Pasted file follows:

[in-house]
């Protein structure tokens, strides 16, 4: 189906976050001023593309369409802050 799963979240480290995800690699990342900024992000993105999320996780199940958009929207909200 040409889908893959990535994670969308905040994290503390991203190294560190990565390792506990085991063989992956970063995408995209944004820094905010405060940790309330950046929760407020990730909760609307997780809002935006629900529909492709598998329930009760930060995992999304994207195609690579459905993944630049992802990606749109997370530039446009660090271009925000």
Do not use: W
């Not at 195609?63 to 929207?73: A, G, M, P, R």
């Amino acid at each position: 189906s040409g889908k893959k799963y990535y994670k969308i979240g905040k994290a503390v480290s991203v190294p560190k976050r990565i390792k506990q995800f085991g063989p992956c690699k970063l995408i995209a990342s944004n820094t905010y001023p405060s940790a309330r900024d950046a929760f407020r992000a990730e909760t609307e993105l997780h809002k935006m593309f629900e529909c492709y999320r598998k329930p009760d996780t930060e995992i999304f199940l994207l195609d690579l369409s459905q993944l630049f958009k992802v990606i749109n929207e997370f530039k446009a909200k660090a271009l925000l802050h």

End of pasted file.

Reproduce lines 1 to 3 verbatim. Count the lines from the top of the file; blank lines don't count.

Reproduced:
[in-house]
């Protein structure tokens, strides 16, 4: 189906976050001023593309369409802050 799963979240480290995800690699990342900024992000993105999320996780199940958009929207909200 040409889908893959990535994670969308905040994290503390991203190294560190990565390792506990085991063989992956970063995408995209944004820094905010405060940790309330950046929760407020990730909760609307997780809002935006629900529909492709598998329930009760930060995992999304994207195609690579459905993944630049992802990606749109997370530039446009660090271009925000």
Do not use: W